When you own an AMC project, you are bound to be a scrapyard junkie. Because of a lack of repop and replacement parts, your free time will probably be spent walking the rows of countless salvage yards looking for those few Javelins, Rebels, and AMXs that managed to keep some of their vital parts. Ray Tietz is one of those guys. He has spent plenty of his spare time traversing the junkyards of the Northeast searching for pertinent pieces to complete his 1969 Javelin SST.
Luckily, New York State had a couple of good yards that contained some of Kenosha’s best products, and some were even close to where Ray lived. Scott Turney worked at one of those scrappers, and fortunately for Ray, he was also an AMC junkie. The two met several times over the years during Ray’s junkyard jaunts and bonded over their love of AMC products.By Scotty Lachenauer
But the two muscle car lovers had another commonality between them. You see, Ray’s project SST Javelin, a car outfitted with a 390/four-speed drivetrain and touting the rare Mod Pac option package, was actually discovered years earlier by Scott and his good friend Brian Murphy. Brian is also a proud, flag-toting lover of all things AMC, having been a mechanic for the company up until its demise.The car in question was found sitting in a wooded area behind a repair shop outside Oswego, New York.
It was in reasonably good shape and intact when they found it. It was definitely a car worth saving, even back in 1990. Over the years the car exchanged hands and then, by luck, ended up in Ray’s lap. He was drawn to the styling of the Jav’s fastback roofline, the performance-oriented drivetrain, and the muscular good looks.Though Ray was a true muscle car guy, he needed help sourcing hard-to-find parts as well as doing the restoration on his needy Javelin. Scott and Brian jumped in and offered their expertise.
Scott’s AMC parts stash and Scott’s and Brian’s knowledge of this particular muscle car was the one-two punch Ray needed to get his rare Javelin back on the streets A Shocker Scott and Brian jumped into the project head first. They started by stripping the Javelin down to its shell. It had been painted several times over the years and was nearly rust free, a shocker for sure up in New York State, where acid rain, road salts, and bad weather usually take a car down to bare bones rather quickly.
Once the pertinent parts were removed, the body was sent to Gary’s Body Shop in Moravia, New York. Parts were media blasted, bodywork was completed, and the car was covered in a layer of epoxy primer. After block sanding, the car’s original Big Bad Orange was applied using a modern waterborne paint system. Wet sanding down to 3,000-grit sandpaper followed, and the paint was buffed to a show car luster. Most of the original parts were restored, as there are few aftermarket pieces made for these AMCs.
The grille was restored, along with the Magnum 500 wheels, which sport a metallic sparkle finish on the spokes. The anodized rocker trim was straightened and polished back to original condition, and fresh tinted glass was fitted to the car. Inside, the 140-mph speedo/tach cluster was restored to factory specifications and new skins were installed on the bucket seats. Some of the hardest pieces to find were the dash pad and the woodgrain speaker cover, both of which were, as is typical, cracked due to sun exposure and age.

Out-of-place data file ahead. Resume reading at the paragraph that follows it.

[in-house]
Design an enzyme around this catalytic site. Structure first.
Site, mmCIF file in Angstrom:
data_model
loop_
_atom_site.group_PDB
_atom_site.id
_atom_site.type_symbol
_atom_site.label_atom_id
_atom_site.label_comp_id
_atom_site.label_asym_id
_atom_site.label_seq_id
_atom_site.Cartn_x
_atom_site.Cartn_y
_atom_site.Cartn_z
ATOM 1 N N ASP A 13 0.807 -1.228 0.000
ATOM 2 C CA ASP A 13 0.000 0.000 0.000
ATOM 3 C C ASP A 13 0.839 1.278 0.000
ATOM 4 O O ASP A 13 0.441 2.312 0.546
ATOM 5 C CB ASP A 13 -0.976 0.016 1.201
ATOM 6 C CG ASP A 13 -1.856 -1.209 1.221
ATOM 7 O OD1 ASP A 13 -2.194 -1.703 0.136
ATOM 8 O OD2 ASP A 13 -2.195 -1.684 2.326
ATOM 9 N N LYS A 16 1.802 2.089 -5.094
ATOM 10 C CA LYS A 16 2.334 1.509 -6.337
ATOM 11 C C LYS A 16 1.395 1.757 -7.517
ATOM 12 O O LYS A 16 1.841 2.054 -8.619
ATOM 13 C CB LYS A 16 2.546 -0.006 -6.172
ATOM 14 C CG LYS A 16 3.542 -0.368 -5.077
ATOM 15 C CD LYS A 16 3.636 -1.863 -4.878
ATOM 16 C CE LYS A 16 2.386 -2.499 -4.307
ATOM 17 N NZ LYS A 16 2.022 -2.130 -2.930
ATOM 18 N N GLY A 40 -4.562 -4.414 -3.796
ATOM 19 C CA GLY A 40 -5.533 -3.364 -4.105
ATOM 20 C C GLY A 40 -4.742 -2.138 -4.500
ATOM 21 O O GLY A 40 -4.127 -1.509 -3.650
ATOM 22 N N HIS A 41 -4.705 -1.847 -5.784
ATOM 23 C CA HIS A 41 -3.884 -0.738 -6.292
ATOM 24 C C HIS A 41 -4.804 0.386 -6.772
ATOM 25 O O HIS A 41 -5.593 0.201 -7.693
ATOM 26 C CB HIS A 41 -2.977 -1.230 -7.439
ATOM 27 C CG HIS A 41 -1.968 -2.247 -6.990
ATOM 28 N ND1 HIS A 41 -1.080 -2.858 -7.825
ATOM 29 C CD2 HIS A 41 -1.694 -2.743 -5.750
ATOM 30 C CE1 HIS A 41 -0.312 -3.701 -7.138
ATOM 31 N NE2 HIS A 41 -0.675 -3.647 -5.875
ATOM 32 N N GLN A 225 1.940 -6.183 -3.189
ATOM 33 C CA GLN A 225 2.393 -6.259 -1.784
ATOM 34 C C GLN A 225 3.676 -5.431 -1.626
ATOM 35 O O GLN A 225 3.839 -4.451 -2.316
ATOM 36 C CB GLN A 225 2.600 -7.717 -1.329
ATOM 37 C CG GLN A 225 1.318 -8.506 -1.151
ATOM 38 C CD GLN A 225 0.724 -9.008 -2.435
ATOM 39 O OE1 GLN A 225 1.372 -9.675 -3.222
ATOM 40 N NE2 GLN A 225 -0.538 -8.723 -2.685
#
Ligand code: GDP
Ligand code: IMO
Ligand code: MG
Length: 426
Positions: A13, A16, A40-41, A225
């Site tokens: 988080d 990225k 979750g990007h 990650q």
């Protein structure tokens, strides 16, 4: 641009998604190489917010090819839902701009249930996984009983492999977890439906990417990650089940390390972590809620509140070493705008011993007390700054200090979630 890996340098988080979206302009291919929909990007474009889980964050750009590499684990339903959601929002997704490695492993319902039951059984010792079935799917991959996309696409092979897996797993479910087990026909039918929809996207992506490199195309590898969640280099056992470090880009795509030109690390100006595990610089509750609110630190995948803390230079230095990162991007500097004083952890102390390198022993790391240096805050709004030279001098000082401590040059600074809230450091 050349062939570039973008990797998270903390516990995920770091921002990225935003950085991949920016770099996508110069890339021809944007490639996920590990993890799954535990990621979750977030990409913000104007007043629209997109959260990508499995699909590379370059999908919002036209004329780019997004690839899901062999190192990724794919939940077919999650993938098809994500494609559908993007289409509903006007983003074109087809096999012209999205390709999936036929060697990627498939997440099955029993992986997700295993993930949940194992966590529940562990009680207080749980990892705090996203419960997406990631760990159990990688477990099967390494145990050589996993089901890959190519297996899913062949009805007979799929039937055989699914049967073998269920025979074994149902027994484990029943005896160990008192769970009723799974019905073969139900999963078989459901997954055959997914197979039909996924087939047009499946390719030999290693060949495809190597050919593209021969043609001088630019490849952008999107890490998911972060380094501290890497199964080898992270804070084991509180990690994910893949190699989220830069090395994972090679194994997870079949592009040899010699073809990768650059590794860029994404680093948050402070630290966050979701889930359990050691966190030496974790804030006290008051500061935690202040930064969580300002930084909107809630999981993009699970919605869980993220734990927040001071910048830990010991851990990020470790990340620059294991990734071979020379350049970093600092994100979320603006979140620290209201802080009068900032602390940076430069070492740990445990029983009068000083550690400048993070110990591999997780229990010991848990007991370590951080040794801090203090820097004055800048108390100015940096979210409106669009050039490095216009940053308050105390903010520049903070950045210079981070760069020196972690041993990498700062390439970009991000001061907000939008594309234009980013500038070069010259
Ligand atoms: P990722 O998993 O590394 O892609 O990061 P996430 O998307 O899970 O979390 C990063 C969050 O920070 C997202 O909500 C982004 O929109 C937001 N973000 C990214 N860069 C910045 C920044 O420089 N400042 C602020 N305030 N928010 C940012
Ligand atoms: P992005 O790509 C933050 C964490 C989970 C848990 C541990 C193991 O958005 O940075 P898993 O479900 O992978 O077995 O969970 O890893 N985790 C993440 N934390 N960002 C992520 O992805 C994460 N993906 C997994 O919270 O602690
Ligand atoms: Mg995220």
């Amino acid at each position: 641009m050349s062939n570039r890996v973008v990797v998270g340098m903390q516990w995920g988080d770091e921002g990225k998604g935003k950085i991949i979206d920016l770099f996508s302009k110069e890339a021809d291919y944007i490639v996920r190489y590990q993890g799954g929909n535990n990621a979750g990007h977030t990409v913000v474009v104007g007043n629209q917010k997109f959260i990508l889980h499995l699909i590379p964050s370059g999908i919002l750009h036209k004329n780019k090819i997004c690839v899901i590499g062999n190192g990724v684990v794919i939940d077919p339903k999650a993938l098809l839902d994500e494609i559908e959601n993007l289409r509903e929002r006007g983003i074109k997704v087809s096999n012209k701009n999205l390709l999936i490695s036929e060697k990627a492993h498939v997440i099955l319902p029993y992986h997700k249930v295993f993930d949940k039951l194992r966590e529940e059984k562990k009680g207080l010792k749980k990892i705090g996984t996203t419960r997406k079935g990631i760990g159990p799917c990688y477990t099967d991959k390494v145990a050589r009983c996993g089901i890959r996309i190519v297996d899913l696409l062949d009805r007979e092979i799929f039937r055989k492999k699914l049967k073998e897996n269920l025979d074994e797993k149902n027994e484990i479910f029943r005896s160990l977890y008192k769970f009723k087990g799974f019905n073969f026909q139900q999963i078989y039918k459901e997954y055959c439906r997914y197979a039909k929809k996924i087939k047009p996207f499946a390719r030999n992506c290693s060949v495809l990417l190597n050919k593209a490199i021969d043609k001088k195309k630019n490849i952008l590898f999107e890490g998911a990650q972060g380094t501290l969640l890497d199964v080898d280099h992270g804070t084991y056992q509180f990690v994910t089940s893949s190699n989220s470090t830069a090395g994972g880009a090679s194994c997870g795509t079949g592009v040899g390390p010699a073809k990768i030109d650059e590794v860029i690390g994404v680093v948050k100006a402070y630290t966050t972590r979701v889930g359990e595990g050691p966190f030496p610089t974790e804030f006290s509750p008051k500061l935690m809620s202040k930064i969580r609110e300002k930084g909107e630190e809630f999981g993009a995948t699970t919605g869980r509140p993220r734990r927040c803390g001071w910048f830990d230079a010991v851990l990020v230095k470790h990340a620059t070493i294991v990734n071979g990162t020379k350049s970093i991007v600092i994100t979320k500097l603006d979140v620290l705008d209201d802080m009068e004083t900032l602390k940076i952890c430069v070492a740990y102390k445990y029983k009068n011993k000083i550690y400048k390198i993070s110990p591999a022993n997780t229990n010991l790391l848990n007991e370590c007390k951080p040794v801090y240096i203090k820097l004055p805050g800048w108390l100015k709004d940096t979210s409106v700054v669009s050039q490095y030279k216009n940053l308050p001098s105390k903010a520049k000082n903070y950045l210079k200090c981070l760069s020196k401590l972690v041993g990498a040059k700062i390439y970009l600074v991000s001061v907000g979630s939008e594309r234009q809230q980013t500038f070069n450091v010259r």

Brake and fuel lines were all replaced with new stainless steel pieces, and the brakes were rebuilt to stock specs. The hard-to-find trim was also straightened, freed of dents, and polished to a high luster. Repop radial redline tires were fitted to the Magnums for that correct 1969 look. The original 390ci engine was torn down and rebuilt, with some liberties taken along the way. It is now topped with later dog-leg cylinder heads and free-flow exhaust manifolds, which first made their appearance in 1970. A factory Group 19 R4B aluminum intake manifold adds to the build.
This powerplant is backed by a fully rebuilt T10 four-speed tranny, which feeds the fresh AMC Model 20 Twin Grip rear stuffed with 3.54 gears. It is the Mod Pac that offered this car’s signature add-on, that crazy Craig Breedlove–inspired rooftop spoiler. It is a slick touch to an already inspired design. With the package you also received the two blacked-out hoodscoops and the exhaust rocker trim. Add in this car’s Go Package and the Big Bad color paint scheme and you have a true top-of-the-line offering from the people at AMC.
Modern TimesToday Ray sits happily in the driver seat of this rare ride. With the help of a pair of good friends and true professionals, his Javelin SST once again runs the streets of upstate New York showing off its rad color, crazy options, and potent powerplant. One can only hope this car will continue to blaze a trail on the curvy roads of its new home with Ray behind the wheel. Ray would like to thank Scott and Brian for taking the time to make a dream come true. It was nearly 50 years in the making and a dream he has had since his soldier days. Ray would also like to thank his wife, Betty, and his family for their support during the rebuild.